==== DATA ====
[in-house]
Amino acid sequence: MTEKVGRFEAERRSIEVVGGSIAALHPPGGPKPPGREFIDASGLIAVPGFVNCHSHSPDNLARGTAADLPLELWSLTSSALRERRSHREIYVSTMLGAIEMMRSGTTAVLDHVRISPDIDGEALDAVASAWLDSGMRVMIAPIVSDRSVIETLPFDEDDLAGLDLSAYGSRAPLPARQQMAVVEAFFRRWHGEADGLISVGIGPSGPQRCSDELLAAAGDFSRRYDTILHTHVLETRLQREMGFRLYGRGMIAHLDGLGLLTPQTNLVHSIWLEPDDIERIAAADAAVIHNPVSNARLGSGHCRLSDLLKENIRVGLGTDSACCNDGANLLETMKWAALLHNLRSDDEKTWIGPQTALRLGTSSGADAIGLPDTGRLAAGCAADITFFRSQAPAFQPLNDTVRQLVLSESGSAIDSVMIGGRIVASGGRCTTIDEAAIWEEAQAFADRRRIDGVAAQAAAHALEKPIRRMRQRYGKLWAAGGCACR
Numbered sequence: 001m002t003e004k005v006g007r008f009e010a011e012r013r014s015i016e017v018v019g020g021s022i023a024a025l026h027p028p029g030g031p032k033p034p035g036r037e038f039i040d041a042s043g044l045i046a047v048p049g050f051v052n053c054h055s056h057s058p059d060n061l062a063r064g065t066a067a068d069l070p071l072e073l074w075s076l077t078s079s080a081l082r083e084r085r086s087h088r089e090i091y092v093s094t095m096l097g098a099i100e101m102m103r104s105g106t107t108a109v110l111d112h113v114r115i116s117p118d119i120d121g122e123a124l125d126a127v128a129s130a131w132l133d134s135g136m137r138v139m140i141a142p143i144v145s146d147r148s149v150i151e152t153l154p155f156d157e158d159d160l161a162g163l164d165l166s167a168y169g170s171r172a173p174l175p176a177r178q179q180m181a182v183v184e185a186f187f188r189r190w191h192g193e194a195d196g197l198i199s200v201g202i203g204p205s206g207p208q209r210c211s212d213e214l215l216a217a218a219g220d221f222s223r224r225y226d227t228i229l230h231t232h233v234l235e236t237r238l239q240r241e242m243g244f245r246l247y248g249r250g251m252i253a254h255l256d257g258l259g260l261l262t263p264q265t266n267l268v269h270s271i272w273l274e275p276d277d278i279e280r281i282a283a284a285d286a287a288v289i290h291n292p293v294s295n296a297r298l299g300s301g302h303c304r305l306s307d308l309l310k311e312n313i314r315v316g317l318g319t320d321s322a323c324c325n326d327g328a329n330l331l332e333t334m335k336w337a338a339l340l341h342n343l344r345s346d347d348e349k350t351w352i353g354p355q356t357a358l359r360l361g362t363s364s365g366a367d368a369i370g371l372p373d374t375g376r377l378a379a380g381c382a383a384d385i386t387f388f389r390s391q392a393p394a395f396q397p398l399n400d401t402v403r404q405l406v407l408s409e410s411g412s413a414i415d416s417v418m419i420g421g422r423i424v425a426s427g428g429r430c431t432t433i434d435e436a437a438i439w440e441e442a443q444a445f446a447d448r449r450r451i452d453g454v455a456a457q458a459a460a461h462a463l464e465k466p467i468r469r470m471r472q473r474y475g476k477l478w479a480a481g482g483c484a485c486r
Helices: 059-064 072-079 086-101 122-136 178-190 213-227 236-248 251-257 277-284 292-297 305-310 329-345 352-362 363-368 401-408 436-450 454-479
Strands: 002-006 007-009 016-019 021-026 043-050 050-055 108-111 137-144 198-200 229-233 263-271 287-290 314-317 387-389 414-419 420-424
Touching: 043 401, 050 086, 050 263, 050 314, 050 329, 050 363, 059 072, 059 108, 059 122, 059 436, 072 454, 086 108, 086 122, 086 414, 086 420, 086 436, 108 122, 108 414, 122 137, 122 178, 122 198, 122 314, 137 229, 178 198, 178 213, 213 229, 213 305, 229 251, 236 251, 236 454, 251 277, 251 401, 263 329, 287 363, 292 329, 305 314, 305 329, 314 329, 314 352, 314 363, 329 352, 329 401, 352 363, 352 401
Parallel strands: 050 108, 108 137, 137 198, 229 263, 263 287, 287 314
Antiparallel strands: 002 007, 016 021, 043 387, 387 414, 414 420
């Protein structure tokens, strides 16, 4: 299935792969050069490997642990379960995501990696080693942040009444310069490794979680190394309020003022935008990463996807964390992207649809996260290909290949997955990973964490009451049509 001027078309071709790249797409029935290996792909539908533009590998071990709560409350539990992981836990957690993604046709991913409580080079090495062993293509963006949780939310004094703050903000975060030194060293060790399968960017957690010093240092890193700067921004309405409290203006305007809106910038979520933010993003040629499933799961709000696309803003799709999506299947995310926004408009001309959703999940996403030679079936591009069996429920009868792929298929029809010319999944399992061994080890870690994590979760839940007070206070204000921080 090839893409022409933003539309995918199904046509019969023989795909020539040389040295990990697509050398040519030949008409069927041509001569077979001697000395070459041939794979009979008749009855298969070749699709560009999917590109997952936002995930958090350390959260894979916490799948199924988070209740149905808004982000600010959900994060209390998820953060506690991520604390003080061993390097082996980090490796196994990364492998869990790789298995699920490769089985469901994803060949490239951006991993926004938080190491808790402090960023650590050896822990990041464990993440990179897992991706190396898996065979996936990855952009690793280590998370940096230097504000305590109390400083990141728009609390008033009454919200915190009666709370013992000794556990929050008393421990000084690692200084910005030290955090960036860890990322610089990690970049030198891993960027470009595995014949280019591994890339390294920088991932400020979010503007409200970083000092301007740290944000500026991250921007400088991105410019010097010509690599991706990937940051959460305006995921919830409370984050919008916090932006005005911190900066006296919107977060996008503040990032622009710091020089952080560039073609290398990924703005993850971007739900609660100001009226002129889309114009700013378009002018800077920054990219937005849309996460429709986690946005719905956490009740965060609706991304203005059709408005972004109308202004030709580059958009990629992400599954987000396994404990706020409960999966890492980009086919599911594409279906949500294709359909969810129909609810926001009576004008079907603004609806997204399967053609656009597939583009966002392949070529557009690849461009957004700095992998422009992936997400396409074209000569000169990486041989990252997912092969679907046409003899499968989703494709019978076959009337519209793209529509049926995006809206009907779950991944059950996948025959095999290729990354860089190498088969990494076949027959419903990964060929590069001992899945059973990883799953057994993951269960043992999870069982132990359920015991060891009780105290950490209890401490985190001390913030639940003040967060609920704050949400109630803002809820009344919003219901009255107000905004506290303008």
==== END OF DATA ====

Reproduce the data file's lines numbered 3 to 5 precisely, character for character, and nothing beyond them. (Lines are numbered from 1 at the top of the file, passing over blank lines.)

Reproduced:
Numbered sequence: 001m002t003e004k005v006g007r008f009e010a011e012r013r014s015i016e017v018v019g020g021s022i023a024a025l026h027p028p029g030g031p032k033p034p035g036r037e038f039i040d041a042s043g044l045i046a047v048p049g050f051v052n053c054h055s056h057s058p059d060n061l062a063r064g065t066a067a068d069l070p071l072e073l074w075s076l077t078s079s080a081l082r083e084r085r086s087h088r089e090i091y092v093s094t095m096l097g098a099i100e101m102m103r104s105g106t107t108a109v110l111d112h113v114r115i116s117p118d119i120d121g122e123a124l125d126a127v128a129s130a131w132l133d134s135g136m137r138v139m140i141a142p143i144v145s146d147r148s149v150i151e152t153l154p155f156d157e158d159d160l161a162g163l164d165l166s167a168y169g170s171r172a173p174l175p176a177r178q179q180m181a182v183v184e185a186f187f188r189r190w191h192g193e194a195d196g197l198i199s200v201g202i203g204p205s206g207p208q209r210c211s212d213e214l215l216a217a218a219g220d221f222s223r224r225y226d227t228i229l230h231t232h233v234l235e236t237r238l239q240r241e242m243g244f245r246l247y248g249r250g251m252i253a254h255l256d257g258l259g260l261l262t263p264q265t266n267l268v269h270s271i272w273l274e275p276d277d278i279e280r281i282a283a284a285d286a287a288v289i290h291n292p293v294s295n296a297r298l299g300s301g302h303c304r305l306s307d308l309l310k311e312n313i314r315v316g317l318g319t320d321s322a323c324c325n326d327g328a329n330l331l332e333t334m335k336w337a338a339l340l341h342n343l344r345s346d347d348e349k350t351w352i353g354p355q356t357a358l359r360l361g362t363s364s365g366a367d368a369i370g371l372p373d374t375g376r377l378a379a380g381c382a383a384d385i386t387f388f389r390s391q392a393p394a395f396q397p398l399n400d401t402v403r404q405l406v407l408s409e410s411g412s413a414i415d416s417v418m419i420g421g422r423i424v425a426s427g428g429r430c431t432t433i434d435e436a437a438i439w440e441e442a443q444a445f446a447d448r449r450r451i452d453g454v455a456a457q458a459a460a461h462a463l464e465k466p467i468r469r470m471r472q473r474y475g476k477l478w479a480a481g482g483c484a485c486r
Helices: 059-064 072-079 086-101 122-136 178-190 213-227 236-248 251-257 277-284 292-297 305-310 329-345 352-362 363-368 401-408 436-450 454-479
Strands: 002-006 007-009 016-019 021-026 043-050 050-055 108-111 137-144 198-200 229-233 263-271 287-290 314-317 387-389 414-419 420-424